رهبریکتاب: از گریوی بپرس / فصل 16
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IN THIS CHAPTER I’LL TALK ABOUT THE BIGGEST LESSONS I’VE LEARNED, BUILDING CULTURE, AND WHY REPEATING YOUR MISTAKES IS SOMETIMES A GOOD THING.
I suspect the topic I will most want to talk about when I get to the end of my career will be leadership. It’s a skill that came naturally to me at a young age. Yet as proud as I am of my leadership skills and effectiveness, I still work on it every day, and it’s an aspect of myself where I feel I am continuously growing. This chapter allows me to thank my employees, whose smarts, talent, and hard work always push me to raise the bar and hone my abilities. They have afforded me the chance to take my leadership skills to a much higher level than I ever realized was possible.
My philosophy on leadership is very simple: Everything in business stems from the top, whether you’re the boss of two people in a three-person team or the head of a Fortune 500 company. And everything that happens in a company is 100 percent the CEO’s fault. After all, the CEO is the person who puts people into a position to make good or bad decisions. It’s no accident that when some companies change their CEO they go from winners to losers or vice versa. It may be the most important variable for success in running a business.
Being a leader today is a greater challenge than ever because of social media. It has completely changed the nature of the job. You used to be able to—no, leaders were expected to talk from the top of a mountain. You’d make your proclamation and not worry much about hearing anything back, certainly not in real time. But now that our communication channels have given everyone a voice, whatever you say from on high may invite a reaction. You might get it in-house, or you might get it from the masses. That’s proving to be a challenging adjustment for some leaders, especially those further along in their career.
The only effective way to truly lead is to practice and model the behavior you want to see in others. That’s why I once drove across state lines in a blizzard during the height of the Christmas rush to deliver a single case of white zinfandel to a customer whose order had been delayed. I know my team is watching me. I can’t tell them to go the extra mile if I’m not willing to do it myself. If the DNA of any business stems from the top, the top has to ensure that its values, beliefs, and attitudes trickle down to shape the culture and encourage a productive, innovative, creative, and even happy environment.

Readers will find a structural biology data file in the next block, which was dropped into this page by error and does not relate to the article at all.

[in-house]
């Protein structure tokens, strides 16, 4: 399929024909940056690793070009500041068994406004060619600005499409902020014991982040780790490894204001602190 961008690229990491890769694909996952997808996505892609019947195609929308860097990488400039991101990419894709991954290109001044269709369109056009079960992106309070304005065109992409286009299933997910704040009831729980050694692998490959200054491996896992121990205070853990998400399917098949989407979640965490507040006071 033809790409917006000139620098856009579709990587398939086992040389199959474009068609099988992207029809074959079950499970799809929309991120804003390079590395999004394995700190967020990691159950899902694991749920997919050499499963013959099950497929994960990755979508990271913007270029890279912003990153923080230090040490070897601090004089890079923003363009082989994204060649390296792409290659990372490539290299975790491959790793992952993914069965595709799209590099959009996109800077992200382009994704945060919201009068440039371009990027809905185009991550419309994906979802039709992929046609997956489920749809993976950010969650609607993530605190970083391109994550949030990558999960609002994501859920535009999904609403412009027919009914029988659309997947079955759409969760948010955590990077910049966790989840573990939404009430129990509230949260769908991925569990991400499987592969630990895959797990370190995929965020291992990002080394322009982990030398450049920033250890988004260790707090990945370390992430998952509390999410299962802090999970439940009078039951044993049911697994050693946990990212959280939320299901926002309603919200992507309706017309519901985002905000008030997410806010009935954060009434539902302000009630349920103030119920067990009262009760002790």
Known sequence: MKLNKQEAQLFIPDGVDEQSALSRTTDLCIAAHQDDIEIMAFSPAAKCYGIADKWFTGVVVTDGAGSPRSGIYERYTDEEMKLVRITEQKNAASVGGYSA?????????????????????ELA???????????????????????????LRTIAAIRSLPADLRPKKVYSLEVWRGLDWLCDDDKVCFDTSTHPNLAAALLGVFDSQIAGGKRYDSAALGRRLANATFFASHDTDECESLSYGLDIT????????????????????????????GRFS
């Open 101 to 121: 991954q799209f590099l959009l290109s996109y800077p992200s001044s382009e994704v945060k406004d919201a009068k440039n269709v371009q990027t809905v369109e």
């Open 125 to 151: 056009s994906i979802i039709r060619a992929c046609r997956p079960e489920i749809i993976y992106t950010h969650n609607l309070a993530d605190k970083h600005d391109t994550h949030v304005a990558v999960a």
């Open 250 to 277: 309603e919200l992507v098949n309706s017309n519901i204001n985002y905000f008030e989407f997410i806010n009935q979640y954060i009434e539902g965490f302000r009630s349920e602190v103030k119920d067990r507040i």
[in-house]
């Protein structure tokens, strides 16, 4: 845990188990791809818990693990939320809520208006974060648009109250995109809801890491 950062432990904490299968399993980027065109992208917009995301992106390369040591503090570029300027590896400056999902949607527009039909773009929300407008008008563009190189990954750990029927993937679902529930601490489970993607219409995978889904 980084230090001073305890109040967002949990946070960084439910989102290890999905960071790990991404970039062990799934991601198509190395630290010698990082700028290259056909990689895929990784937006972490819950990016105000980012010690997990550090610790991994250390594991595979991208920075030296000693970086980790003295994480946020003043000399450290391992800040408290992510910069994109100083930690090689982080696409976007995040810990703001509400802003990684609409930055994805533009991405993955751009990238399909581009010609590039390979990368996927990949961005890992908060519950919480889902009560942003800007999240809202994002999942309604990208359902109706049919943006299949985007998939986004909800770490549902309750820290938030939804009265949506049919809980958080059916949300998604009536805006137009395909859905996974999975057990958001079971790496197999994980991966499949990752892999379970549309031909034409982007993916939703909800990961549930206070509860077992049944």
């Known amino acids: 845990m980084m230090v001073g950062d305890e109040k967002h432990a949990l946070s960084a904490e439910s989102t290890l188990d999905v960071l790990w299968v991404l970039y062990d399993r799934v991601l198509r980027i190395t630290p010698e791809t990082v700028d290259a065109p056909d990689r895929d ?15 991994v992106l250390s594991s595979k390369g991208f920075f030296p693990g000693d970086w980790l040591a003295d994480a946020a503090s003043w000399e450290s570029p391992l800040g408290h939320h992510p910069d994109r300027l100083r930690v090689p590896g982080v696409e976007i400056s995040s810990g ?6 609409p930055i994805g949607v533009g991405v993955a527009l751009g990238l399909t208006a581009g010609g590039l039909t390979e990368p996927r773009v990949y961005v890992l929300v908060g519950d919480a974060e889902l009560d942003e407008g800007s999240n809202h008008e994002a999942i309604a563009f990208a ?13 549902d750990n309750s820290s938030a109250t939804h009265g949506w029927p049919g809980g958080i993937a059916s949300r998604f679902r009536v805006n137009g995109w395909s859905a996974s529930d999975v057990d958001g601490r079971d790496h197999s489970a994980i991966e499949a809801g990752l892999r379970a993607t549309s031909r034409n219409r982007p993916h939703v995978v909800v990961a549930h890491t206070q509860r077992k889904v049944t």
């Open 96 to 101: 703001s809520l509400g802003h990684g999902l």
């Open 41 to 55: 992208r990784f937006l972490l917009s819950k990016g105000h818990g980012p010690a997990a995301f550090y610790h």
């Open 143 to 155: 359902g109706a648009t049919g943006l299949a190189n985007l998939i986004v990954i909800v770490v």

One hallmark of a good leader is to ask questions. It’s the best way to show your team you recognize they’re more than just cogs on a wheel. “Hey, how are things going?” “How’s the new baby?” “What are you excited about lately?” “Do you have any ideas you’d like to discuss?” It’s also the best way to solve problems. Don’t ever start offering solutions before asking tons of questions: “Why are we two weeks behind?” “What do you think is the issue?” “What do you need?” And then for God’s sake, listen. Be compassionate. Be fair. Hire people who embody those characteristics, too. Celebrate successes, and when you have to reprimand, hark back to all the times you screwed up and remember that those mistakes have everything to do with who you are today. Great leaders aren’t born; they’re made.
I think this chapter offers a lot of value. After reading it, look in the mirror and think about what you do well and how you could do even better. Leadership needs to be a big pillar in your development if you have ambitions of building a business. The answers you see here may be the secret sauce to any success I’ve enjoyed in my career.
What are the most important lessons your father taught you about building a business?
How do you change a firmly established culture into one that genuinely cares about the customer?
Who are your idols or the people who inspire you? Did you ever have a mentor?
As a business leader, what’s the one thing that keeps you up at night?
Do you ever complain?
In what situations are you most comfortable?
If you could teach everyone in the world one thing you’ve learned, what would it be?
How do you stay constantly motivated?
How do you keep others motivated?
What advice would you give someone transitioning to a leadership role?
How do you instill soul and swagger into a physical product you create?
Are there any common mistakes you repeat? Any tips on overcoming them?
Are you worried you might have created a Steve Jobs–esque “reality distortion field” around VaynerMedia?
Do you prefer to be around people who are the same or different than you?
If you were to tragically die today, how well would VaynerMedia do long term without its CEO? Have you been satisfied with Wine Library’s performance since leaving to focus on VM?
Would you be able to lead any type of company? Do you think leaders can switch industries easily?
Would you be willing to sacrifice your ethics for a business win?
I want to encourage people to do what I did and leave a very secure job to pursue their dream. But will my employee retention rate drop? Has yours dropped since you started building up your personal brand?
How important is failure?
How do you celebrate victories?
With such a busy schedule and so many obligations, how do you find the time to focus, be nice to people, and stay in the moment?
When it’s all said and done, how would you like to be remembered?
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